By Alice de Bernardy
Myelin insulates neurons and enable a faster nerve conduction across the nervous system. This quite simplistic and straight forward definition presents myelin as an accessory helping us “think fast”. But Myelin’s fundamental role in health and implication in diseases presents it as a major regulator of nervous system integrity and fundamental for normal nerve conduction.
Myelin is made of layers of cell membrane wrapped many times around axons of neurons1. This sheath enables a faster nerve conduction in the white matter since the electrical message travelling along the axon and through synapses jumps over the protective membrane and progresses at a higher pace by inducing depolarisation of the neuron membrane at the nodes of Ranvier which are rich in Sodium and Potassium channels. The insulation provided by oligodendrocytes in the brain and spinal cord, and by Schwan cell in the periphery are important modulators of the nervous system not only because myelin enables a fast conduction of messages, but because it is also crucial to maintain axon integrity and health, as well as mediating interactions between neurons and glial cells, ensuring the overall health and integrity of the nervous system1. Therefore, when regulated, myelin can be linked to many diseases.
The process of myelination occurs during the end of development and continues after birth mainly during the first year but also throughout life, as myelin plasticity has been seen to occur to repair injured tissues or even to reinforce neuronal signalling when learning2.
Factors dysregulating myelin dynamics or progressive loss of myelin can occur due to environmental factors, damaging the sheath, or to genetical defects preventing proper myelination of the tracts. Hypomyelination leads to a slower nerve conduction, and symptoms can include loss of reflexes and sensory sensations, which depends on which nerves are affected, dysautonomia which can also occur when the integrity of the autonomic nervous system is compromised. And as another example, if the upper motor neuron is damaged, exaggerated reflexes can occur due to other tracts taking over. But the loss of myelin doesn’t only reduces nerve conduction, as previously describes, the sheath has a protective role. Therefore, when this protection is loss, axons degenerate which leads to impairments gradually increasing and symptoms worsening.
The most common example when talking about demyelinating diseases3 is multiple sclerosis, designating autoimmune inflammatory diseases of the Central nervous system. Immune cells such as B and T cells invade the CNS and attack the body’s own cells, targeting myelin sheaths and creating vacuoles, leading to a process called spongiform degeneration. This is then followed by degeneration of the axon. Many different reasons can be at the origin of the inflammation, such as environmental factors like Epstein Barr virus infection. While some factors can come from genetics such as mutation in the proteolipid protein (plp) gene leading to a failure of myelin development in the CNS. Other than multiple sclerosis, chronic inflammation, such as caused by infection by the papovavirus4 can transform the nervous system in an unfavourable environment for maintenance of myelination levels. Non inflammatory causes for demyelination comprise stress, such as hypoxia or compression as seen in cases of neuralgia4.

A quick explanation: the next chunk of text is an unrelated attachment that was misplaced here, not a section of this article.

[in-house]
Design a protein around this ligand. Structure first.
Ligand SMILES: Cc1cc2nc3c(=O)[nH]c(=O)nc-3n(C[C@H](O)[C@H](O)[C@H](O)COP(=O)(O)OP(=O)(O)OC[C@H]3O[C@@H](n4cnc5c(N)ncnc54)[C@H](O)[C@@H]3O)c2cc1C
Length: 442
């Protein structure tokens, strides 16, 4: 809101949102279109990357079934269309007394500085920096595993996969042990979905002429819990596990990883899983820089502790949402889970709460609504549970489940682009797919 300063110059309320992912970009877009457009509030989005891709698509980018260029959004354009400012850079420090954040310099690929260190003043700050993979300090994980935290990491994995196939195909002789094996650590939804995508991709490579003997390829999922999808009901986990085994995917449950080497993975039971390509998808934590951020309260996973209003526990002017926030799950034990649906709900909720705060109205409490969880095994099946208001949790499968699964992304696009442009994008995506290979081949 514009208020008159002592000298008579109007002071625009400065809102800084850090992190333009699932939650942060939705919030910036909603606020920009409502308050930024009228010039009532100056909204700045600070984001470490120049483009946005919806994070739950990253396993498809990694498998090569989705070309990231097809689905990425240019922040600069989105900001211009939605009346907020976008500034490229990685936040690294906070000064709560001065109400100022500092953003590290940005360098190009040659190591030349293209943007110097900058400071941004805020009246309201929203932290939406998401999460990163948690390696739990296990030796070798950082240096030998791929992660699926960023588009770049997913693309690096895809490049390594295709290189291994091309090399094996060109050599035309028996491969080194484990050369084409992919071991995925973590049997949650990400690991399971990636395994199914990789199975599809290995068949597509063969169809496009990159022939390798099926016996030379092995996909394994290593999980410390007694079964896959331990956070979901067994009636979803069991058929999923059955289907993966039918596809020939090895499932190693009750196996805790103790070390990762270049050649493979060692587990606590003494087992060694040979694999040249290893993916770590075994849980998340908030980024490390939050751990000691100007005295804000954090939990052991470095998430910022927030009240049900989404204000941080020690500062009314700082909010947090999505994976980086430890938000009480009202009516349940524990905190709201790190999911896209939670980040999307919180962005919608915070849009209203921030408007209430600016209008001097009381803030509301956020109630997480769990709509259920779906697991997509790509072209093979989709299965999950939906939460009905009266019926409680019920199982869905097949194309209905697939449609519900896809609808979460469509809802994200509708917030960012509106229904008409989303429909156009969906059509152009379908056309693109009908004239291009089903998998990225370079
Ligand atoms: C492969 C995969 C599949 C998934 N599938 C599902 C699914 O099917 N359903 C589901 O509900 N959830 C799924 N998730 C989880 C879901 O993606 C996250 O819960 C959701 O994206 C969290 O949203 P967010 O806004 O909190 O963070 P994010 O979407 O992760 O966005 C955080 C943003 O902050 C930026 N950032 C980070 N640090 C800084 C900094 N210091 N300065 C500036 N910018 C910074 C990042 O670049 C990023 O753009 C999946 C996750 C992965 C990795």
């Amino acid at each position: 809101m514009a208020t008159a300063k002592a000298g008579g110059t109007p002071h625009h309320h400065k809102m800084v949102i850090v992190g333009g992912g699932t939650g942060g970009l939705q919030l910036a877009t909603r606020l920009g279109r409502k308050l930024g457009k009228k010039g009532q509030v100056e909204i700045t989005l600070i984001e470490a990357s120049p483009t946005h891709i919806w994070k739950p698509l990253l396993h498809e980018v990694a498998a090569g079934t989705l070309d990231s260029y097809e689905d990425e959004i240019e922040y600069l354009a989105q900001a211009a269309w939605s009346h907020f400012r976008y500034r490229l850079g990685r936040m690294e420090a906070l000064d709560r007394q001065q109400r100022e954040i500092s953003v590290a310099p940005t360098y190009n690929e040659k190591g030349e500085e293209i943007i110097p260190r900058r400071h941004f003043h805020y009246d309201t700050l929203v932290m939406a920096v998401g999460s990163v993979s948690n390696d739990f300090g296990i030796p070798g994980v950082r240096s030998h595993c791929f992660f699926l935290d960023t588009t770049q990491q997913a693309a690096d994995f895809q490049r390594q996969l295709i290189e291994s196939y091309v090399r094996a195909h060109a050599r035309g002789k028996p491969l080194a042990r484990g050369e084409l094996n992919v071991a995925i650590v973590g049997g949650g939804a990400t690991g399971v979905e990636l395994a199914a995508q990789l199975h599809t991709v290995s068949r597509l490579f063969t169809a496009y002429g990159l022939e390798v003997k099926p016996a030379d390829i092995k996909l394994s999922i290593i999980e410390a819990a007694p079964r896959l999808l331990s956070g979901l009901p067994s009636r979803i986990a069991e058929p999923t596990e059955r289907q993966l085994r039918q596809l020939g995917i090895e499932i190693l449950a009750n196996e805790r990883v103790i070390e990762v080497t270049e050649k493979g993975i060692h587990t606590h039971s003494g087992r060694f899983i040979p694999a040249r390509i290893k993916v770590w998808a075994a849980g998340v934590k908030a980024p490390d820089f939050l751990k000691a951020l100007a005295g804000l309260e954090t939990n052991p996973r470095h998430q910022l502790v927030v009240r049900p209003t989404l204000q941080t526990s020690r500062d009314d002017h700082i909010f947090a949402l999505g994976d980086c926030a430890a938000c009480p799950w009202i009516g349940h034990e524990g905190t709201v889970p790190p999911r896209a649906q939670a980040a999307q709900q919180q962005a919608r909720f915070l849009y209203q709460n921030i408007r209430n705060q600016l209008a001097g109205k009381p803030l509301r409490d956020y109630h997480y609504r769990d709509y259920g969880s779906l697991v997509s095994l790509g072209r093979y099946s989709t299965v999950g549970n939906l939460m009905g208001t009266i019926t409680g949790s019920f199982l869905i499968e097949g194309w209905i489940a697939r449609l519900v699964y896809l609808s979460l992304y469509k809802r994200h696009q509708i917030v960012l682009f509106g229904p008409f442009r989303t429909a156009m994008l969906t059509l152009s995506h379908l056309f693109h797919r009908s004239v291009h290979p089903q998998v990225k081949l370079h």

The crucial role of myelin for maintaining the nervous system is also demonstrated as occasionally glial tumours surround themselves with zones of demyelination, creating a favourable environment for tumour proliferation and reversibly as demyelination could promote tumorigenesis3.
Overall, different well-known roles of myelin and diseases demonstrate efficiently the necessity of healthy myelination of white matter tracts to ensure cognitive capabilities. Emerging research also linked dysregulated myelin dynamics and psychiatric disorders such as schizophrenia and bipolar disorder5. In post-mortem brains of schizophrenic patients, oligodendrocytes showed structural defects and high levels of cell death, via necrosis and apoptosis, which was also linked to lowered levels of myelin in different brain regions. Aberrantly myelinated white matter tracts would contribute to the asynchrony in firing or neurons, leading to aberrant higher-level function and psychotic episodes as seen in patients due to a lack of proper coordination between brain regions. Those findings are associated to the disconnection hypothesis in mental disorders5. More research is still needed to determine the exact correlation and if myelin dysregulation would be a cause or consequence of those diseases. But overall, identification of molecular targets related to myelin health could be targeted as potential therapies for such heavy disabilities.
1. Brady S, Siegel G, Albers RW. Basic Neurochemistry : Principles of Molecular, Cellular, and Medical Neurobiology. San Diego: Elsevier Science & Technology; 2011.
2. Gibson EM, Geraghty AC, Monje M. Bad wrap: Myelin and myelin plasticity in health and disease. Dev Neurobiol [Internet]. 2018 [cited 2022 May 21];78(2):123–35. Available from: http://dx.doi.org/10.1002/dneu.22541
3. Duncan ID, Radcliff AB. Inherited and acquired disorders of myelin: The underlying myelin pathology. Exp Neurol [Internet]. 2016 [cited 2022 May 21];283(Pt B):452–75. Available from: http://dx.doi.org/10.1016/j.expneurol.2016.04.002
4. Love S. Demyelinating diseases. J Clin Pathol [Internet]. 2006 [cited 2022 May 21];59(11):1151–9. Available from: http://dx.doi.org/10.1136/jcp.2005.031195
5. Valdés-Tovar M, Rodríguez-Ramírez AM, Rodríguez-Cárdenas L, Sotelo-Ramírez CE, Camarena B, Sanabrais-Jiménez MA, et al. Insights into myelin dysfunction in schizophrenia and bipolar disorder. World J Psychiatry [Internet]. 2022 [cited 2022 Jun 3];12(2):264–85. Available from: https://www.wjgnet.com/2220-3206/full/v12/i2/264.htm
Article written in June, 2022